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Light canoes opening up lakes to paddlers

July 22, 2007|From the Associated Press

NORTH ELBA, N.Y. — Oncoming hikers stepped off the trail and made way for two canoes being hauled up to Avalanche Lake. It looked hard-core, or crazy, shouldering the boats 4.4 miles into the Adirondack High Peaks.

But at 12 pounds, the craft weighed less than a full backpack and were about one-fifth the weight of most canoes. "Cool," one hiker said after hoisting a boat to test it.

Featherlights, as they are called, are lighter, smaller versions of the century-old Adirondack pack canoes that boat builders are marketing to those who want to paddle remote lakes, rivers and streams. Because they don't weigh much, the solo canoes are also popular with women.

Dave Curtis, who sells replicas of 1880s solo canoes on the Internet, says the featherlights are little known outside New York.

"It's a black art. For a long time there was very little information that was available," said Peter Hornbeck, who estimates having made about 3,500 featherlights in two decades at his shop in Olmstedville. "Business is excellent. My business increased almost 25 percent last year."

In part he credits interest generated by other boat builders who followed him, especially Placid Boatworks. Others include Curtis' Hemlock Canoe Works in the Finger Lakes, Wisconsin-based Bell Canoe Works with its Bucktail, and Vermont Canoe's Tupper. Prices start about $1,000.

Most of the solo boats weigh 20 to 25 pounds. In the water, the canoeist sits on the bottom, legs stretched, and uses a double-bladed paddle like a kayaker.

Each model has advantages. At just 12 pounds and 10 feet, 8 inches, Hornbeck's carbon-Kevlar Black Jacks are the choice for a day with 11 miles of hiking and almost six of paddling.

For carries, the boats are hoisted over one shoulder, an arm is passed through the thwart, and the paddle is wedged inside.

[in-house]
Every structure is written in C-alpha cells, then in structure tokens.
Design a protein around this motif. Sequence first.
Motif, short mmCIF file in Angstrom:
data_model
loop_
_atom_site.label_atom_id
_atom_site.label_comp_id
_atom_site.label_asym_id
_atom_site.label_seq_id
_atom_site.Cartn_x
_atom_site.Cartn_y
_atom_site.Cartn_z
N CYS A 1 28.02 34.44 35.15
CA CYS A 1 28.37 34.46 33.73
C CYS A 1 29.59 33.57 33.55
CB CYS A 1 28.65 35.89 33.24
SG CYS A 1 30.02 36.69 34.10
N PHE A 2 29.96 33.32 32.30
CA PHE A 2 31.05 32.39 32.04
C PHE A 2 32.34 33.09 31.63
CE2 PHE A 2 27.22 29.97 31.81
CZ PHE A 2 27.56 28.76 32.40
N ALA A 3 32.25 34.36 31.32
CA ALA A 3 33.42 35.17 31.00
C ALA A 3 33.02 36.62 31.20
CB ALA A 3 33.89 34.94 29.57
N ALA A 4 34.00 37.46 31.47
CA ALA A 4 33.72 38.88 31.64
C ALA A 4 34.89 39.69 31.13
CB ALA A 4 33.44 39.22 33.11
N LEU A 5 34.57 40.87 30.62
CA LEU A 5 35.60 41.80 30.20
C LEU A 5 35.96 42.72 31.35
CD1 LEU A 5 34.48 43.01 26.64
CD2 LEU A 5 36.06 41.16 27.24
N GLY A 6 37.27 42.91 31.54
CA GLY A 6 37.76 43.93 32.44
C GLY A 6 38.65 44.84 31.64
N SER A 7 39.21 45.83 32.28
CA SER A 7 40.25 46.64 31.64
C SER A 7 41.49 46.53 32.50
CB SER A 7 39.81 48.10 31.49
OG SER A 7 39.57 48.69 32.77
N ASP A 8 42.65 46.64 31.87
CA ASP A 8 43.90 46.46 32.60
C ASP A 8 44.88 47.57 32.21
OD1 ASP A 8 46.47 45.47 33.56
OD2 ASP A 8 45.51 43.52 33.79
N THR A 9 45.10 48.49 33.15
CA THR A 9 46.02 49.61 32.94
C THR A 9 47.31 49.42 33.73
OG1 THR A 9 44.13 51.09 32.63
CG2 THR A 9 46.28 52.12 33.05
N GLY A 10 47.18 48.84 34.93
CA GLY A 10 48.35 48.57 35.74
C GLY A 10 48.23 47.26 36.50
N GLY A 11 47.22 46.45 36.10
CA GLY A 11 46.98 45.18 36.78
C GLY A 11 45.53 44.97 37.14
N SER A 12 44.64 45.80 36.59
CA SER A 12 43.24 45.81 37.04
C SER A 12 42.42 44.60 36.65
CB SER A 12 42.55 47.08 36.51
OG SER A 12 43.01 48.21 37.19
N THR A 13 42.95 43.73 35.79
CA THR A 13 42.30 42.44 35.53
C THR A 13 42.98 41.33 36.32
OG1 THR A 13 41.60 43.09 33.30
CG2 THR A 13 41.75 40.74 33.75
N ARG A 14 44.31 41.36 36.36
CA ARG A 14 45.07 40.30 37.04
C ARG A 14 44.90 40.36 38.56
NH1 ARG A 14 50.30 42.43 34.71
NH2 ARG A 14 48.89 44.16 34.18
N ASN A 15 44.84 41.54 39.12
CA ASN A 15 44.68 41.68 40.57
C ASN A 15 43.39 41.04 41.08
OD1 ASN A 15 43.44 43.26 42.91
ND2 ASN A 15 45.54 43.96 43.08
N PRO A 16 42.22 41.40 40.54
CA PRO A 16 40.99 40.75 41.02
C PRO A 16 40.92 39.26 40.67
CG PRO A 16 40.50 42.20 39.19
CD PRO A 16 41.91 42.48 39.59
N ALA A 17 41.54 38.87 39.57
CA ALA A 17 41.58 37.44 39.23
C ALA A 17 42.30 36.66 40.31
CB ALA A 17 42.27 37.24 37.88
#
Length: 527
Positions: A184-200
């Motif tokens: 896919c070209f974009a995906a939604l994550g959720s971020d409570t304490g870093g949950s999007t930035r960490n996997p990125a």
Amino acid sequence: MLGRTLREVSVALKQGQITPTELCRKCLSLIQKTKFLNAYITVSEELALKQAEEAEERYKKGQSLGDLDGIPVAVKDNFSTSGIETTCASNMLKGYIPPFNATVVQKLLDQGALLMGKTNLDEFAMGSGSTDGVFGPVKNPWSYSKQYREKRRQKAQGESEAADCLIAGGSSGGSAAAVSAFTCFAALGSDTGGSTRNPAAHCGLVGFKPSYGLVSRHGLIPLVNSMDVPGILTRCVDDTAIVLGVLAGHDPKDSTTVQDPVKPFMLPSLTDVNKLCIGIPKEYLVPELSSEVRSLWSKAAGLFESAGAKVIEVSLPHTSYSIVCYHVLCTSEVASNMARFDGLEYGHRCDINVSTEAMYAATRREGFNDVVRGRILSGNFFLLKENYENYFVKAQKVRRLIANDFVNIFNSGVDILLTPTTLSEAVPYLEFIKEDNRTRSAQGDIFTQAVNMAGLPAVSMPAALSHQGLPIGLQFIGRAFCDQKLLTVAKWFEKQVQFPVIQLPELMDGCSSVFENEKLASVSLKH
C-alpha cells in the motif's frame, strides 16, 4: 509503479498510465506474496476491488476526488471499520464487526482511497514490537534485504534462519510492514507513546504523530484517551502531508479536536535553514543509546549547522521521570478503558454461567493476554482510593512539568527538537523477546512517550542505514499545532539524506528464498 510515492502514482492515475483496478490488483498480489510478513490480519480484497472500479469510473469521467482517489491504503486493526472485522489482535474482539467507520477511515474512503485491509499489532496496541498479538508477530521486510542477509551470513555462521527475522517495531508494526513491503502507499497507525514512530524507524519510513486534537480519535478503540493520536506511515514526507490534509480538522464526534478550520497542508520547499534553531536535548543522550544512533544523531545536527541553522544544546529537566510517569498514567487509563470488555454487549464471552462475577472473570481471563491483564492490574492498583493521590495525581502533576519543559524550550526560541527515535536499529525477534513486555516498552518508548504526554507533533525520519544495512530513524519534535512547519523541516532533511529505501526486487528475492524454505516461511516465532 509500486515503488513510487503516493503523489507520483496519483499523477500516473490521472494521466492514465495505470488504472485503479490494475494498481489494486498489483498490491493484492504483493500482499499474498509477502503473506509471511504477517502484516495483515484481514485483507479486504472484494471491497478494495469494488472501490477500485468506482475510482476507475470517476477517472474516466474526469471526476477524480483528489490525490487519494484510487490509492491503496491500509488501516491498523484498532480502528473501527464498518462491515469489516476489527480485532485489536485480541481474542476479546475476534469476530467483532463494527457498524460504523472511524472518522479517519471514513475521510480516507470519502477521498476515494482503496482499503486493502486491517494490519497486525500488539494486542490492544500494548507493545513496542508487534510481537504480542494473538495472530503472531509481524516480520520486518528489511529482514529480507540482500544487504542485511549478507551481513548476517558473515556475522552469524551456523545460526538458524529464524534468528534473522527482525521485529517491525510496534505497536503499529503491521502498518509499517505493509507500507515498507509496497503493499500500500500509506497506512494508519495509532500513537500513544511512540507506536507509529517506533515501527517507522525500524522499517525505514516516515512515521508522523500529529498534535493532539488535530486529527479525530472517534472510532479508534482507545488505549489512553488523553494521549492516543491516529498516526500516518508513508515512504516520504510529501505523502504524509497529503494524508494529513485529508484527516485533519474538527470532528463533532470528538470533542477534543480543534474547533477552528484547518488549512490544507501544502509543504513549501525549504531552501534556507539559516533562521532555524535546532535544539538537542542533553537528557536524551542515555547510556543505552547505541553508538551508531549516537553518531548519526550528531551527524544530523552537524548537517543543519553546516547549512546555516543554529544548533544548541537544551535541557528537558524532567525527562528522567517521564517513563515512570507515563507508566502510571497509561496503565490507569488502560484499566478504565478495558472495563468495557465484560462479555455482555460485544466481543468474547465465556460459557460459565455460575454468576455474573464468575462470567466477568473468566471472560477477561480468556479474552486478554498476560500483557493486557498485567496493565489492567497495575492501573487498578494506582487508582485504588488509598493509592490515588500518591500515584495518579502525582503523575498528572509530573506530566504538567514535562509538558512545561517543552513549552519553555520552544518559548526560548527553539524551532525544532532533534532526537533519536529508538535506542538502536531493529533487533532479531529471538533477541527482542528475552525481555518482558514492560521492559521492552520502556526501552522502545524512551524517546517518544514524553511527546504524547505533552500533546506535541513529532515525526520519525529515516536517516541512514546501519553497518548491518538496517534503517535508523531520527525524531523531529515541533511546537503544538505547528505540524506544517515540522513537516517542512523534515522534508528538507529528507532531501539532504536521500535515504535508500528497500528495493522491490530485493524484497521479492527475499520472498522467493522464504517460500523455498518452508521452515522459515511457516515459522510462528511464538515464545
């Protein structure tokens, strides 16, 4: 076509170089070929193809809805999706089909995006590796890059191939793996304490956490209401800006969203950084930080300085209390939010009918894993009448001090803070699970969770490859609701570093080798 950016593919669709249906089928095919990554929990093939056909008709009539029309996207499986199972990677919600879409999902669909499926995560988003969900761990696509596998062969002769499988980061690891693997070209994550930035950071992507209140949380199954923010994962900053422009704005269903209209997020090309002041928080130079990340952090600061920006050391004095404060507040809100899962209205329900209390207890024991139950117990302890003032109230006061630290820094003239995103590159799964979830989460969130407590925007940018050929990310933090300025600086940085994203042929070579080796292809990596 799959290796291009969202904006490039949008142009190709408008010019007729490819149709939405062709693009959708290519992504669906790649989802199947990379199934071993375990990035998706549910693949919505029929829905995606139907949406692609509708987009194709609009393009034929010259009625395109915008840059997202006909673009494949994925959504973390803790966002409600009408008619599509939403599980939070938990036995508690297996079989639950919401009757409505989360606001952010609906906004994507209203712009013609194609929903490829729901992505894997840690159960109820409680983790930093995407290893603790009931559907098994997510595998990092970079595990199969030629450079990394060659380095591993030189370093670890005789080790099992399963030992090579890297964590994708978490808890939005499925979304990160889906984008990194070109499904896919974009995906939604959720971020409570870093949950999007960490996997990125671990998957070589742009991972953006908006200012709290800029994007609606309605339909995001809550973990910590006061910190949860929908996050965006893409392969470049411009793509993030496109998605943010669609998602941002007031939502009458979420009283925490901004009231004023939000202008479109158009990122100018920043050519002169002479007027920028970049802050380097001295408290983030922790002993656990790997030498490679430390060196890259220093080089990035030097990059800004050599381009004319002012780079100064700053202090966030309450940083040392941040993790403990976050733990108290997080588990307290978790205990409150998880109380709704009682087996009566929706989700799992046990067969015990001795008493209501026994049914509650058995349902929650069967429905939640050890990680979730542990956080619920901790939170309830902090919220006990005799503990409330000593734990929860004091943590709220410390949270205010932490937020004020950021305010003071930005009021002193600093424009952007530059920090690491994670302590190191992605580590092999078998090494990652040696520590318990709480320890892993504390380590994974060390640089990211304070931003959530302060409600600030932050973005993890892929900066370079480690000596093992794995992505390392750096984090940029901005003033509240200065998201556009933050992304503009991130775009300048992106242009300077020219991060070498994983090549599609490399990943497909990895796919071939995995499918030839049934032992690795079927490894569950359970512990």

"It's a lot lighter than mine," Susan Bibeau said after carrying a Black Jack across Marcy Dam. She had left her 16-pound Kevlar canoe at home.

On a June weekday, there were scattered campers and hikers along the popular High Peaks trails, but the waterways were empty. The gray cliffs of Mount Colden, tufted with scrubby cedars, shrouded the eastern side of Avalanche Lake. Late-morning sunshine bathed the western side and the face of Avalanche Mountain. From the water, the panorama stretched in every direction.

"Lighter boats get blown around more," Bibeau said. "They're really more for pond hopping and rivers."

An artist and photographer, she was thinking about buying another solo boat, Placid's 12-foot, 23-pound SpitFire, to paddle New York's Chubb, Osgood and Grasse rivers and enter a 90-mile race.

"It depends what you want to do," she said. "You couldn't do this [hike and paddle] in a SpitFire. It'd kill you."

In the 1880s, George Washington Sears paddled small, light boats hundreds of miles in the central Adirondacks, memorializing the trips in Forest and Stream magazine. A series of boats, like the 9-foot Sairy Gamp now in the Smithsonian Institution, were made by the former Rushton Boat Works in Canton. They had "one-fool power in the middle," Sears wrote.

"He was one of the many people who were pushing people to go back to nature without guides," said Charlie Wilson, a partner in Placid Boatworks. Sears was a small man, weighing about 110 pounds, and even he found the 9-footer a little cramped, Wilson said. Rushton Boat Works' Rob Roy, a solo boat weighing about 45 pounds with a partial deck that had a wider opening than a kayak, was more popular in those days, Wilson said.

Bell makes a 31-pound version of the Rob Roy, which it plans to market to crossover kayakers.

Hemlock owner Dave Curtis said other Rushton originals are in the Adirondack Museum at Blue Mountain Lake and at the Antique Boat Museum in Clayton. He makes 10-foot-6, 16-pound Kevlar-hybrid replicas based on an original the shape and dimensions of an original Rushton, and similar canoes scaled up to 12 feet for bigger men.

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